Book Spotlight: With a Hitch by RC Boldt

With a Hitch
by RC Boldt
Date Released: March 19, 2019

About With a Hitch
She’s playing it safe. He’s playing for keeps.

DARCY
Growing up in the foster system, I learned the hard way that lasting love doesn't always come easy. Dating in the modern era can be daunting; the bar scene and dating apps leave you wondering if there's any hope in sight.
That's where I come in. Helping you break the “swipe-right” cycle, I’m dedicated to matching you with the love of your life.
Finding Mrs. Right for Dax Kendrick should be a piece of cake. Except nothing about this man is simple.

DAX
The NFL has given me more than I ever imagined—a roof over my head, food on the table, and a chance to provide for the family who sacrificed everything while I chased my dreams.
Maintaining a squeaky-clean image for my sponsors when my paycheck and the fruits of my endorsements are all the women want is a hefty challenge.
I’d nearly given up when I hired Darcy Cole. Yet the more I’m around her, the less I care about finding my perfect match.
Because it might be right in front of me.




Read my five-plus-starred review of With a Hitch.

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An Excerpt from With a Hitch
“Where’s my favorite girl?” I call out, entering my childhood home.

“I’m here, Uncle Dax!” my niece, Violet, hollers through the house just before her quick footsteps follow.

My parents refused to let me buy them a new house once I started putting money in the bank. Mom didn’t want the neighbors to think she and Dad thought they were better than anyone else. This means my parents, my sister, and niece, all still live in the fifteen-hundred-square-feet home I grew up in.

I did pay off their mortgage as well as my sister’s student loans before I set up a college fund for my niece, much to their dismay. But let’s be honest, it’s the least I could do for a family who’s always been there for me.

Dad refused to retire from the hardware store, but I at least got him to agree to go from full-time to part-time a few years ago. It took some aggressive bargaining, but when I’d shown him how well the account I’d started for them with my financial planner had been doing, he’d finally relented.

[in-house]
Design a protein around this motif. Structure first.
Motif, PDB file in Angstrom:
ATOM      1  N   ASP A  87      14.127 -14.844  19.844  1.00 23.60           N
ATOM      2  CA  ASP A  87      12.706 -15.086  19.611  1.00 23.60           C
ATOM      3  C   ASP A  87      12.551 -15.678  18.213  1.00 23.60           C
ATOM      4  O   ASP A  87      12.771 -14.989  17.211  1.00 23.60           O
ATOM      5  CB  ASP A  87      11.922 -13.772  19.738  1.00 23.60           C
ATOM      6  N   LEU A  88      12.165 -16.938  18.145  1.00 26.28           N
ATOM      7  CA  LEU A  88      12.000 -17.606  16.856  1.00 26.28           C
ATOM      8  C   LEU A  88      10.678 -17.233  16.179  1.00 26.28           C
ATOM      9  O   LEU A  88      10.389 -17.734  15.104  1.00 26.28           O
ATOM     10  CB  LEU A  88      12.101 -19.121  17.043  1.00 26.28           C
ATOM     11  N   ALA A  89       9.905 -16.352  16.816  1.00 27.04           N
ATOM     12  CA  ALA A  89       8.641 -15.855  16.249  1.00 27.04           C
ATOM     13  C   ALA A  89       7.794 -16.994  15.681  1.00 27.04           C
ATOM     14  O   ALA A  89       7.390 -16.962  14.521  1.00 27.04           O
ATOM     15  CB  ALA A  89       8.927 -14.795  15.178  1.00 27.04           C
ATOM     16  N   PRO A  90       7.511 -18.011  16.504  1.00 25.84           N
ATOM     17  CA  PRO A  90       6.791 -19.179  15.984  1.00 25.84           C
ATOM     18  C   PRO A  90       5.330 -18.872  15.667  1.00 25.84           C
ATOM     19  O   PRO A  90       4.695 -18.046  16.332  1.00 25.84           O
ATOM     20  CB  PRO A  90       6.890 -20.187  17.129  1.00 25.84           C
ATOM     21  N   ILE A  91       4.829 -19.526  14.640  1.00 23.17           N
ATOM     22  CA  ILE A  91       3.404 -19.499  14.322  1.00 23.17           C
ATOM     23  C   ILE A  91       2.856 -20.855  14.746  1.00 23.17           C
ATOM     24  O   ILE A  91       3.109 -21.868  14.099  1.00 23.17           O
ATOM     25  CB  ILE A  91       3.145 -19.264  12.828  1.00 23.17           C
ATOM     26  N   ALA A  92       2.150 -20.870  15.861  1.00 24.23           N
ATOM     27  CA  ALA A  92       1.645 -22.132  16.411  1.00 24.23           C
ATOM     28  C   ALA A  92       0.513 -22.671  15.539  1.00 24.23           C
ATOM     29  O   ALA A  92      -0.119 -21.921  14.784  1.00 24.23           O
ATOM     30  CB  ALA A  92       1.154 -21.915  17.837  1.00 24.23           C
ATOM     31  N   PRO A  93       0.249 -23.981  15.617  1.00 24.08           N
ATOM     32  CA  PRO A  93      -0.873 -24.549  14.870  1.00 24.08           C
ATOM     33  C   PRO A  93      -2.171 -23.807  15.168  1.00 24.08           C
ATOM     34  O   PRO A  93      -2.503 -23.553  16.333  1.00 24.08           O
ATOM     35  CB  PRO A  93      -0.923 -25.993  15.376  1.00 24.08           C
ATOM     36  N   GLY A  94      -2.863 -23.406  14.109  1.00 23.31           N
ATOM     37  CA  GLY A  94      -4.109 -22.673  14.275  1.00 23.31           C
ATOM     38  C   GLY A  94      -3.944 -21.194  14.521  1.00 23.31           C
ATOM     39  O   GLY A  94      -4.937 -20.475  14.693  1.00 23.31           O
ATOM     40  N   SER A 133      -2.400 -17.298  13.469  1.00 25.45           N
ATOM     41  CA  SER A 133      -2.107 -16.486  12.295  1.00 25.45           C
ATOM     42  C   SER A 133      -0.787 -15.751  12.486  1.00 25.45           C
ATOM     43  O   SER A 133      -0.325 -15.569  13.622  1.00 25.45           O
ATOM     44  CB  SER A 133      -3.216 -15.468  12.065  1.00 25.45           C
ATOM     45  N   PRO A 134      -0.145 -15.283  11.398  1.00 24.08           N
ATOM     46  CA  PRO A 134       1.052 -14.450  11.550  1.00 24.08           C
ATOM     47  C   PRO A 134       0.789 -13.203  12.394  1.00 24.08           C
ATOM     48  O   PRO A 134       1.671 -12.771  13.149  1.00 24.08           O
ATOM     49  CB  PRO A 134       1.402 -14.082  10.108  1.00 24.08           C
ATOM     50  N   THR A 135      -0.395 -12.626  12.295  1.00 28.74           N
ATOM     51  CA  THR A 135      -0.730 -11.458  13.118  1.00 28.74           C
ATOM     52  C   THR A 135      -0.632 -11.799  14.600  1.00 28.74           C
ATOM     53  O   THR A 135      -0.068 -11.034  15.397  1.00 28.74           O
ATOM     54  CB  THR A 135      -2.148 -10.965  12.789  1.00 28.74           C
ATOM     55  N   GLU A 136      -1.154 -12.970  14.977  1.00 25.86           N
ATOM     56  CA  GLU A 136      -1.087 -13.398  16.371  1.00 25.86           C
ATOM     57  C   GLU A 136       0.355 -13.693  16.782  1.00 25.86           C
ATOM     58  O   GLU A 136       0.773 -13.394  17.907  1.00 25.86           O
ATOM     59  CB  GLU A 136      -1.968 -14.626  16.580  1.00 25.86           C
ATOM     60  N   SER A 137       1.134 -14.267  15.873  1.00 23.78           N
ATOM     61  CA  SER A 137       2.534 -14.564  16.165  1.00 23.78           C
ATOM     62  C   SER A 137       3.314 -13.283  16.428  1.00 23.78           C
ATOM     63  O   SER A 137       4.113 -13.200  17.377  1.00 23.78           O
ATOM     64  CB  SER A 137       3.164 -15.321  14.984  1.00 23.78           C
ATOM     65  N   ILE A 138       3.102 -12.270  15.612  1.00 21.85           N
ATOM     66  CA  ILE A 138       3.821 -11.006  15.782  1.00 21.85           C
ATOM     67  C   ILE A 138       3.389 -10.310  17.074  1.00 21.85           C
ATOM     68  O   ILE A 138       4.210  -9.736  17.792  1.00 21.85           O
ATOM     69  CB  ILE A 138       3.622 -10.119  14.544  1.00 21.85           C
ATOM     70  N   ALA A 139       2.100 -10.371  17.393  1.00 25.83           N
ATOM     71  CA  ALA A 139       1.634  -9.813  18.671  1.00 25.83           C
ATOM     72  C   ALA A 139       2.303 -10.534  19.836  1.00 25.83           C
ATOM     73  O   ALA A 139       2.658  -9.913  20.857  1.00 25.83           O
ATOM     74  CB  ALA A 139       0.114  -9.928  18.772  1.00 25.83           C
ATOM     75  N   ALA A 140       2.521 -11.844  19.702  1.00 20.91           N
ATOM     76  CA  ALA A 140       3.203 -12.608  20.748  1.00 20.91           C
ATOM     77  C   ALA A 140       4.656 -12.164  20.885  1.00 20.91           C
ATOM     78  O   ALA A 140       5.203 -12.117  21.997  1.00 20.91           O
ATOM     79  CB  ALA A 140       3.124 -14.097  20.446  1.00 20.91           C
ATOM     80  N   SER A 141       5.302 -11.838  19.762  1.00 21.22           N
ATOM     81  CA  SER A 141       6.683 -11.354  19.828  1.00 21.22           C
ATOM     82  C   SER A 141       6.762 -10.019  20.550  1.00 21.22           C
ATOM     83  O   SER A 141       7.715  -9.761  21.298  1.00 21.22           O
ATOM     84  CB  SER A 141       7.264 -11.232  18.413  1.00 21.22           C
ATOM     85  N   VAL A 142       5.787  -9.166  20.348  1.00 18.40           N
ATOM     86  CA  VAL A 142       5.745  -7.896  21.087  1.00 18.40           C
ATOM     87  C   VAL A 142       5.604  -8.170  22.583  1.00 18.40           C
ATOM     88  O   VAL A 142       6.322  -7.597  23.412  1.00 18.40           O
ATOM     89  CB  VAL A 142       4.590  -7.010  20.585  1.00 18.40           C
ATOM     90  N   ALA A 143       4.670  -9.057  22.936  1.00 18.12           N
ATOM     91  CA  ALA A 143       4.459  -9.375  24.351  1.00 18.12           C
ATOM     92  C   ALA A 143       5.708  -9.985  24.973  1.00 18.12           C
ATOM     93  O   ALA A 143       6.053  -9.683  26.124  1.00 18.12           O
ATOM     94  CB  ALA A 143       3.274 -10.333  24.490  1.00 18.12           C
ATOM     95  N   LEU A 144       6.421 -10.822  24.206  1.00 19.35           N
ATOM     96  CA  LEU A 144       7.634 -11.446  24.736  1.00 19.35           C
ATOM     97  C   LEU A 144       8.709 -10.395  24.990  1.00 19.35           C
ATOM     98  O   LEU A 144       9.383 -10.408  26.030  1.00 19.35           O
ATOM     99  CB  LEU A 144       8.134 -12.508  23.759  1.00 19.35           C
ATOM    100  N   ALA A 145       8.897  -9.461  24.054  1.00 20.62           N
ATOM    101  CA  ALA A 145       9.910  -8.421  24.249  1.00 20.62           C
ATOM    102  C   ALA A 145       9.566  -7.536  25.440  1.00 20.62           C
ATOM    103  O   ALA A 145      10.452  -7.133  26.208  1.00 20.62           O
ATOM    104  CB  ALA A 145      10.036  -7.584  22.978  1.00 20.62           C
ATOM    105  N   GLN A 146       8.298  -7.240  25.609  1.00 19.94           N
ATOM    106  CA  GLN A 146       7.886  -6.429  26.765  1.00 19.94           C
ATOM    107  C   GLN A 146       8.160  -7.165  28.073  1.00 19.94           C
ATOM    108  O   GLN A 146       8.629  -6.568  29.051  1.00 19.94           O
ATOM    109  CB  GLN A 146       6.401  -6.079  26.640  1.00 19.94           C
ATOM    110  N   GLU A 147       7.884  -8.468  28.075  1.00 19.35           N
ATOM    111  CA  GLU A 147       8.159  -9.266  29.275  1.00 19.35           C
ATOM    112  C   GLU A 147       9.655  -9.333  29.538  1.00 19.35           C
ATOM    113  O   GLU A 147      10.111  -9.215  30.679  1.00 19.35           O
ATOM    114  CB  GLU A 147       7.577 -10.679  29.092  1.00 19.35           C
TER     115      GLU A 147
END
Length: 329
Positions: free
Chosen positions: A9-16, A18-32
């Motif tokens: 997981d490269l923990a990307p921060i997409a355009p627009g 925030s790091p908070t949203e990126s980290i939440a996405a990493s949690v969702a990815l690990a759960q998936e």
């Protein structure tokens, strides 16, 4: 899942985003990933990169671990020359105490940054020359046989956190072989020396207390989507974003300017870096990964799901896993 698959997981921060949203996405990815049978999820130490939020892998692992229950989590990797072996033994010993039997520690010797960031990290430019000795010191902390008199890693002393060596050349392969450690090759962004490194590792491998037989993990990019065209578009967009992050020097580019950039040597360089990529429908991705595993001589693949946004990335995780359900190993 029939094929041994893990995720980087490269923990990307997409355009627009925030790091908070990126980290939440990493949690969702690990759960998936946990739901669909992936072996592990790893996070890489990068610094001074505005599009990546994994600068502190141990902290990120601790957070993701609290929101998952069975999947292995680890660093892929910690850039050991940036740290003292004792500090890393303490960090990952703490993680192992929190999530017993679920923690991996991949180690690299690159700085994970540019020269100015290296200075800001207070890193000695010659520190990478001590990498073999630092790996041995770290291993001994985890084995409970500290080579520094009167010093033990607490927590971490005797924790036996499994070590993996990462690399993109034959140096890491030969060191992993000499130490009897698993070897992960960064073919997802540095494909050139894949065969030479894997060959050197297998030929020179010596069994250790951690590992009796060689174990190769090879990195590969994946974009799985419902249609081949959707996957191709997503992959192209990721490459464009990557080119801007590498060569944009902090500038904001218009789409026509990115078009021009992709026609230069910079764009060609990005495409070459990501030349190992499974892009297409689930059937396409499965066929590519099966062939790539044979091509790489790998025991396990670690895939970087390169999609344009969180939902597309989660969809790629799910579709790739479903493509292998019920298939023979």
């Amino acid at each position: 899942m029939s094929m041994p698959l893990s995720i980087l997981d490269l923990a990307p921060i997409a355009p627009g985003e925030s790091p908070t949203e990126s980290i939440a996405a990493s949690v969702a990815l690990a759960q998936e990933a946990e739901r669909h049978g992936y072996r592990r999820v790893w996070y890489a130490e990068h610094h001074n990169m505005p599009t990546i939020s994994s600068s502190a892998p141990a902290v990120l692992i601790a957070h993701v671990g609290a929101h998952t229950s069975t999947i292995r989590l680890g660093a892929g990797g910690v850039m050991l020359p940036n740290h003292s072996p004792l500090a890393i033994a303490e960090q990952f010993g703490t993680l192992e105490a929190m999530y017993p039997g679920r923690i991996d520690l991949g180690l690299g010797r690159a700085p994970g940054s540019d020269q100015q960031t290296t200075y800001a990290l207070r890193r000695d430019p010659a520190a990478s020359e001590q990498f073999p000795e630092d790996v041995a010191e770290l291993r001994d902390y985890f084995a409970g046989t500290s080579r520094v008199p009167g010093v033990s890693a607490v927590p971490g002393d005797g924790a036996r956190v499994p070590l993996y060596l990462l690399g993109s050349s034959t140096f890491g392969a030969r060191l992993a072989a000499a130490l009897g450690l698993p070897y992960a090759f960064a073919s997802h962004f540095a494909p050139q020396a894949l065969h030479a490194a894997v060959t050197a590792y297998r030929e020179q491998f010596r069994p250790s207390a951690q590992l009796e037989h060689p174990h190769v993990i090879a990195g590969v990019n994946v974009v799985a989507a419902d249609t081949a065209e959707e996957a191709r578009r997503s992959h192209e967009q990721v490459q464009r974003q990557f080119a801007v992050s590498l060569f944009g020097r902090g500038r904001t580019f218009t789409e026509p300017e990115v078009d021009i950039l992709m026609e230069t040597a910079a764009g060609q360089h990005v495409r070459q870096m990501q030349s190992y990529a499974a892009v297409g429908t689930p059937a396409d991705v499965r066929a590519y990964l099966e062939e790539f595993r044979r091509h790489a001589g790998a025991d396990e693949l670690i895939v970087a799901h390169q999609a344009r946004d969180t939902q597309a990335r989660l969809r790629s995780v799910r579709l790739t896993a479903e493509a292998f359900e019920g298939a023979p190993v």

“Hey! I thought I was your favorite girl!” another female voice protests.

“Well, I don’t know,” I hedge. “Depends on if you made any chocolate chip cookies.”

My mother promptly swats at me with a laugh, the little crinkles at the corners of her eyes becoming more pronounced. The guys always say I resemble my mom, and even though I know they say it in more of a shit talking, you look like your mama kind of way, it’s still true. She and I have the same smile, and although her skin is darker than mine—my dad’s the odd man out in the family with fair white skin—there’s no mistaking me for being her son.

I pull her close for a hug, and she pats my back, mumbling, “I swear, you just keep getting more muscles every time I see you.” The top of her head barely reaches my shoulder, and her dark hair seems like it has more gray threaded in it each time I see her.

“Don’t give him a bigger head than he already has.”

My eyes catch sight of Violet and my sister, Ava, entering the small kitchen. Mom releases me, and Violet rushes past her mother intent on getting to me first. I bend and scoop her up in a big hug.

“Uncle Dax, I missed you.” Her whispered words wrap themselves around me.

“I missed you, too, love bug.” God, I swear, she’s growing like a damn weed lately. Once I set her on her feet, she starts talking a mile a minute.

“Oh my gosh, Uncle Dax! You’re not going to believe what happened the other day in gymnastics camp. That girl I told you about—the one who was saying my hair was weird and stuff—well, I finally had enough, and I did what you told me to do.”

All eyes are suddenly on me. Trust me when I say this is not what a man wants in this household because it normally means I’m in deep shit.

“Uh, remind me again what I told you?” I say slowly, praying to God above that I hadn’t made some idiotic, off-the-cuff comment as a joke, and she took me seriously.

Violet gives me one of those old people are so forgetful looks. “You said I could use sarcasm because most people who are mean and rude don’t understand it, and it’ll go over their head and be a beautiful inside joke for you and everyone else who doesn’t have shit for brains.”

Violet,” my mother and Ava say in unison, flashing me a stern look.

Violet grimaces. “Sorry. But I was quoting him.” Then she picks right up. “And then you said I should let it roll off my shoulders like it doesn’t bother me.” She grins happily. “Well, I did a combination of the two. And she’s totally left me alone ever since.” My niece pumps a fist in the air. “Go Team Kendrick!”

“Way to go!” We exchange a high five. Sobering, I school my face in a stern expression. “Remember not to cuss, though. It’s not ladylike.”

Her sweet face peers up at me, so adorably cute with such seriousness that it takes all my effort to not break into a smile. “How about ‘crap’?”

“Uh…” I flick my eyes to Ava, who makes a face before shrugging. “I think that one can be okay, as long as it’s not overused.”

Violet nods. “Noted.” God, this kid is such an old soul sometimes. “I’m going to practice my backflips for gymnastics some more out back.” In a flash, she’s gone.

I sag against the counter. “Man, two minutes, and I’m exhausted.”

My sister sidles up beside me and snickers. “As if Mr. Gatorade himself ever gets exhausted.”

I toss her a sharp look. “Seriously? One advertising campaign for a sports drink, and you’re giving me sh—”

“Ahem!” our mother clears her throat pointedly.

“Crap.” Mom nods in approval, and I continue. “About it?” I place a palm flat against the center of my chest, feigning sadness. “Where’s the love?”